On one hand, VS fishways allow fish movements at any desired depth through the slot and they tolerate variations in the upstream water levels better than SNBO, although they need more discharge than SNBO to get the same depth. In the other hand, SNBO can work with greater slopes and a wider range of design discharge, and they always ensure a minimum depth in the pool. In SNBO, the bottom orifice allows benthic fish passage, although it can be easily clogged by debris [24,32].
The suitability of both VS and SNBO has been previously probed for North American and Central European cyprinids [35], and even for some northern Iberian cyprinids, such as Iberian barbel (Luciobarbus bocagei) and northern straight-mouth nase (Psudochondrostoma duriense) [36,37,38]. Similar ascension and swimming behaviors are usually assumed for other species of the same genus or family, and thus fishway design criteria of one region are usually extrapolated to other river basins [24,39,40,41]. Nevertheless, species have evolved by adapting to different hydraulic regimens and climate conditions. Semiarid South Iberian rivers are usually more unsteady and warmer than northern ones. Fishways assessments in this region are still scarce. Hence, studying passage performance of southern fish species will provide important information about their ascent abilities, and in general will improve fishway design.
Passage performance depends on the interactions between physical (geometric and hydraulic features of the fishway), biological (fish behavior, swimming ability, age, sex, physiological status), and environmental (water temperature, fishway discharge) parameters [42,43,44,45]. Standardized passage metrics based on movement theory usually consider fish ascent success, transit time, and motivation (definitions in Section 2.4) to quantify passage performance [46,47,48], and also to compare different types of fishways or to understand the swimming behavior of different fish species [36,38,49].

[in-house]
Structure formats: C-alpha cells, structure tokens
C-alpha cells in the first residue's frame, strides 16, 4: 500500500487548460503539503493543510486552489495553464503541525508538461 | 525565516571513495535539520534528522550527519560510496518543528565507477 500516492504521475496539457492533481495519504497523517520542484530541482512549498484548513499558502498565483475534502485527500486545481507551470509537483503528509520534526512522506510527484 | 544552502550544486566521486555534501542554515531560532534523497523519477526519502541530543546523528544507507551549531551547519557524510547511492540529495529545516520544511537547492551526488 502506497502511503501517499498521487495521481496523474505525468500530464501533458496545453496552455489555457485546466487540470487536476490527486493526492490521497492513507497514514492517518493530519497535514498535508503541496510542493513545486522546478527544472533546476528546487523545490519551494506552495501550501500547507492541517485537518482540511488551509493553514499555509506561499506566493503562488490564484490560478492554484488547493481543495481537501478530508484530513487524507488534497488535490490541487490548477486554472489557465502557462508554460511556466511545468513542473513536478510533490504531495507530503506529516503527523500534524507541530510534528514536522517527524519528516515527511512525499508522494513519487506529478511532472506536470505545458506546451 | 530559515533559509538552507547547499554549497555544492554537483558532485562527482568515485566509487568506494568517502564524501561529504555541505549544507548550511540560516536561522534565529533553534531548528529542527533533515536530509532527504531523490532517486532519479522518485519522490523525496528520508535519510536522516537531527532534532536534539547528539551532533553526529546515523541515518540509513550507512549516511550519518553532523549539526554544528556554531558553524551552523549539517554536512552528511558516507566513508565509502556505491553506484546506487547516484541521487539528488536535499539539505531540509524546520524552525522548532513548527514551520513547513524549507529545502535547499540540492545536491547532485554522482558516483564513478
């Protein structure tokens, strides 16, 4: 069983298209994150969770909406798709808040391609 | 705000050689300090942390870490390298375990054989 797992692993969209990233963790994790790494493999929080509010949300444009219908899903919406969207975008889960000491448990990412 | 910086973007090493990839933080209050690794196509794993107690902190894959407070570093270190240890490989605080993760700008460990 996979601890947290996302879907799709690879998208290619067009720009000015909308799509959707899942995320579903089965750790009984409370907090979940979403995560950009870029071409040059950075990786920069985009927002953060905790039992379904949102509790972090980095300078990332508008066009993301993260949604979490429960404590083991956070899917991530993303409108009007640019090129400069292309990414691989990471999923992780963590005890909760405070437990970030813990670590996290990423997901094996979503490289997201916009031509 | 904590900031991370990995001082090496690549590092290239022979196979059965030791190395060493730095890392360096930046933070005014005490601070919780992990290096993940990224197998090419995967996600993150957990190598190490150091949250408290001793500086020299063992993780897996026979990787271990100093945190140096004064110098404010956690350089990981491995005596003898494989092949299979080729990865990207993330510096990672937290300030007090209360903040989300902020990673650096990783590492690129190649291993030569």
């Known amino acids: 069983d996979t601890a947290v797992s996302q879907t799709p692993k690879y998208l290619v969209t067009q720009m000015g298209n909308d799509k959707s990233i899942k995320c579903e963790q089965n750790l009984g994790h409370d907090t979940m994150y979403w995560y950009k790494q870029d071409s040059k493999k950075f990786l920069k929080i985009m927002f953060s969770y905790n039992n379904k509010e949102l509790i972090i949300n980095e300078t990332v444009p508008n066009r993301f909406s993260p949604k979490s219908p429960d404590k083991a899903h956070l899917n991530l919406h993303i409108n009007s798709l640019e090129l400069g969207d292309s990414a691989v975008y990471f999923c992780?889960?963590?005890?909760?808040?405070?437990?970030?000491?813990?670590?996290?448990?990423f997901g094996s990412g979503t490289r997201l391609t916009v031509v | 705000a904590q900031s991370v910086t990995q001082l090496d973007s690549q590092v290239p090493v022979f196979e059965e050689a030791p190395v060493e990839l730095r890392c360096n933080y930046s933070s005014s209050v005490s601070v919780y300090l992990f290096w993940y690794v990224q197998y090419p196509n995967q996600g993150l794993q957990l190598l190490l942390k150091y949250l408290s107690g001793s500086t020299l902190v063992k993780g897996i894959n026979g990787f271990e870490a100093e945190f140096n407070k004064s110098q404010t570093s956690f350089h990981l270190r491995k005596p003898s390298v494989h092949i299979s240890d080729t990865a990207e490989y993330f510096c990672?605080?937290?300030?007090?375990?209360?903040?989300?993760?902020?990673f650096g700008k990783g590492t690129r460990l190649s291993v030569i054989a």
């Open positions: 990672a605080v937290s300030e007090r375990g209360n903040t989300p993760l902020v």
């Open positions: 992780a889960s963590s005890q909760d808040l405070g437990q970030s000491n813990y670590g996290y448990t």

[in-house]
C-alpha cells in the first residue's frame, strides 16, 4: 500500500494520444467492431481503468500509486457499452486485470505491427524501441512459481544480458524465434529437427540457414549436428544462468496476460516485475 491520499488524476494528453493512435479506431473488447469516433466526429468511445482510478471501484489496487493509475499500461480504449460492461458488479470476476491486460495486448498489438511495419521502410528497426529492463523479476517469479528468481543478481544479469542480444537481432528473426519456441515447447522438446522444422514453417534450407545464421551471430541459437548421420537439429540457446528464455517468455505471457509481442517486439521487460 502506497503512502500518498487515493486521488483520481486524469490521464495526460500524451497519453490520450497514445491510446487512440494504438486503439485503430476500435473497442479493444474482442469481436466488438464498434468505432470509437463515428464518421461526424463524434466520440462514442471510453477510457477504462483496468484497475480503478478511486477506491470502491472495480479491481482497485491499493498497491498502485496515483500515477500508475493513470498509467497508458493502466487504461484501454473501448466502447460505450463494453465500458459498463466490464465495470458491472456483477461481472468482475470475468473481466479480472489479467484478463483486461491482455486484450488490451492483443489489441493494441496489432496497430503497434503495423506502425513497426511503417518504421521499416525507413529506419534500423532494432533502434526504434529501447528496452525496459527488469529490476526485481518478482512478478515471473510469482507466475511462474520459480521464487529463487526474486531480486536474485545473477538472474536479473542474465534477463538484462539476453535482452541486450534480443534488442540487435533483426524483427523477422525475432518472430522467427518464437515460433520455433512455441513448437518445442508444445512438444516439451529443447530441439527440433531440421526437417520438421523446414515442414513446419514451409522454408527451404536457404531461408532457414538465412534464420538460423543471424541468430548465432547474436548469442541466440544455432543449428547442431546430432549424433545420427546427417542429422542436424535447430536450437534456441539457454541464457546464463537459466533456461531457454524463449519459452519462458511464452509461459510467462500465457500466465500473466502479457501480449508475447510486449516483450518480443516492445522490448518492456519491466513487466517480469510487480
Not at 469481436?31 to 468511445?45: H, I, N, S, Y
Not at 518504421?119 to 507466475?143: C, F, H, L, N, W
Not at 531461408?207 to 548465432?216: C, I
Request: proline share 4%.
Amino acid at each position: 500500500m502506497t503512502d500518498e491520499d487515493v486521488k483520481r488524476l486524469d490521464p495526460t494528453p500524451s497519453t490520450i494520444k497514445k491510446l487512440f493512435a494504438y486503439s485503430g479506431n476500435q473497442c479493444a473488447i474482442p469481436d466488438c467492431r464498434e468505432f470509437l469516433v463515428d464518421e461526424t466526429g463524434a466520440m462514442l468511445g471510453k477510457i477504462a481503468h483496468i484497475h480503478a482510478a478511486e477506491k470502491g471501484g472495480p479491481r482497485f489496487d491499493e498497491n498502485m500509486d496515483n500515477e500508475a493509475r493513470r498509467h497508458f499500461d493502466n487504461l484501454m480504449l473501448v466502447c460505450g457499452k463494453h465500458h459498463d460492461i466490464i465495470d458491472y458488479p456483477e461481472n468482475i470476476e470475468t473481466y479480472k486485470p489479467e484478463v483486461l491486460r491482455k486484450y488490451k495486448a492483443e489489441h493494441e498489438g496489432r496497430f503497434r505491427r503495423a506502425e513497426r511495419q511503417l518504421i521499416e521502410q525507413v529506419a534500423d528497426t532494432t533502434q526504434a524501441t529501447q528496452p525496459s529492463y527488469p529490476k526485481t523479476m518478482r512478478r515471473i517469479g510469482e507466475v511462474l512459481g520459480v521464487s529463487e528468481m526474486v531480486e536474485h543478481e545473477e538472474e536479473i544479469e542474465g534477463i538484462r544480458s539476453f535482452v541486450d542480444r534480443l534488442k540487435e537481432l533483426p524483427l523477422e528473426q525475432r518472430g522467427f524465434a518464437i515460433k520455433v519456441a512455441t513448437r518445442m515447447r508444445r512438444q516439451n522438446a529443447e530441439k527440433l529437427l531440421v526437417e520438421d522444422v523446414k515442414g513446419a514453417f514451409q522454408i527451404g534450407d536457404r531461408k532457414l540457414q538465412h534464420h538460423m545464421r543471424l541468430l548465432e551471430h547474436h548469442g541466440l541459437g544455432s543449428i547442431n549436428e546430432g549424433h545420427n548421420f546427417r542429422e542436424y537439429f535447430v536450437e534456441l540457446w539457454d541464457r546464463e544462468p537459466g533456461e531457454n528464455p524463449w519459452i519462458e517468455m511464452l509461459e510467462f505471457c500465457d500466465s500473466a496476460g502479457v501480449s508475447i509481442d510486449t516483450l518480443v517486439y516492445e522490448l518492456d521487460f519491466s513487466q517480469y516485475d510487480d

The present study focuses on the passage performance of two potamodromous cyprinids from a semiarid region of the Iberian Peninsula, Southern Iberian barbel and Iberian straight-mouth nase, in the two main typologies of pool-type fishways: VS and SNBO. Specifically, ascent success, passage time, and motivation of target fish are analyzed to determine: (1) if both types of fishways are suitable for them; (2) if there are differences in passage efficiency between fishway types and fish species; and (3) to understand the influence of hydraulic and biometric parameters on ascent metrics. This information will help biologists and engineers in fishway design, implementation, and management decisions in many semiarid watercourses inhabited by species with similar behavior.

2. Materials and Methods

2.1. Study Area and Experimental Sites

The Segura Basin, in the southeast of Spain, is one of the most arid European regions, with an average annual temperature of 18 °C, scarce rainfall (approximately 300 mm/year), and intense surface and groundwater overexploitation for irrigation [50]. The experiments were carried out in two fishways located in the middle part of the Segura River: VS in the El Jarral weir (Universal Transverse Mercator –UTM-Grid Zone 30 North; European Terrestrial Reference System 1989 -ETRS 89-, X: 640577, Y: 4229308; Abarán, Murcia) and SNBO in the post-trasvase weir (UTM30 ETRS 89, X: 613788, Y: 4235661; Calasparra, Murcia) (Figure 1). Both fishways are placed in small weirs for combined irrigation and hydropower production. The distance between them is 44.7 km and they share similar environmental characteristics (flow discharge, substrate, vegetation, and fish population). In the study reach, the Segura River has a catchment area of 8486 km2, with a mean altitude of about 200 m above mean sea level, and a mean annual discharge of 20.35 m3/s. It is placed in the Epipotamon zone [51], and corresponds to E4 category: gravel bed stream of high sinuosity with a slope of 0.001–0.02 m/m [52]. The fish community in the main stem of the Segura River is very altered due to the modification of the hydrological regime for irrigation and the introduction of non-native invasive species [53]. In the middle part of the basin, among the most abundant potamodromous migratory species are the native southern Iberian barbel and the translocated Iberian straight-mouth nase (hereafter referred to as barbel and nase, respectively) [53].
Both fishways were designed and constructed as a part of the Segura-Riverlink LIFE12 ENV/ES/001140 project [54], following the standard design guidelines [24,32] and considering the geometrical and hydraulic recommendations for cyprinids (Figure 2 and Table 1). Fishway bottoms were covered by substrates from the riverbed to increase roughness, and discharge can be regulated by a sluice gate located in the flow entrance. At each fishway, a section with a 1.80 m head (difference between the headwater and tailwater levels) was selected for the trials.
The boundary conditions imposed by the river at the entrance of the fishway (water level downstream) during the trials influenced the lower part of the fishway, producing non-uniform conditions with backwater profiles (more evident in the SNBO), increasing the water depth in the most downstream pools and reducing the water drops, and thus obtaining lower values of water velocity and energy dissipation [33,55].

2.2. Fish Capture, Tagging, and Handling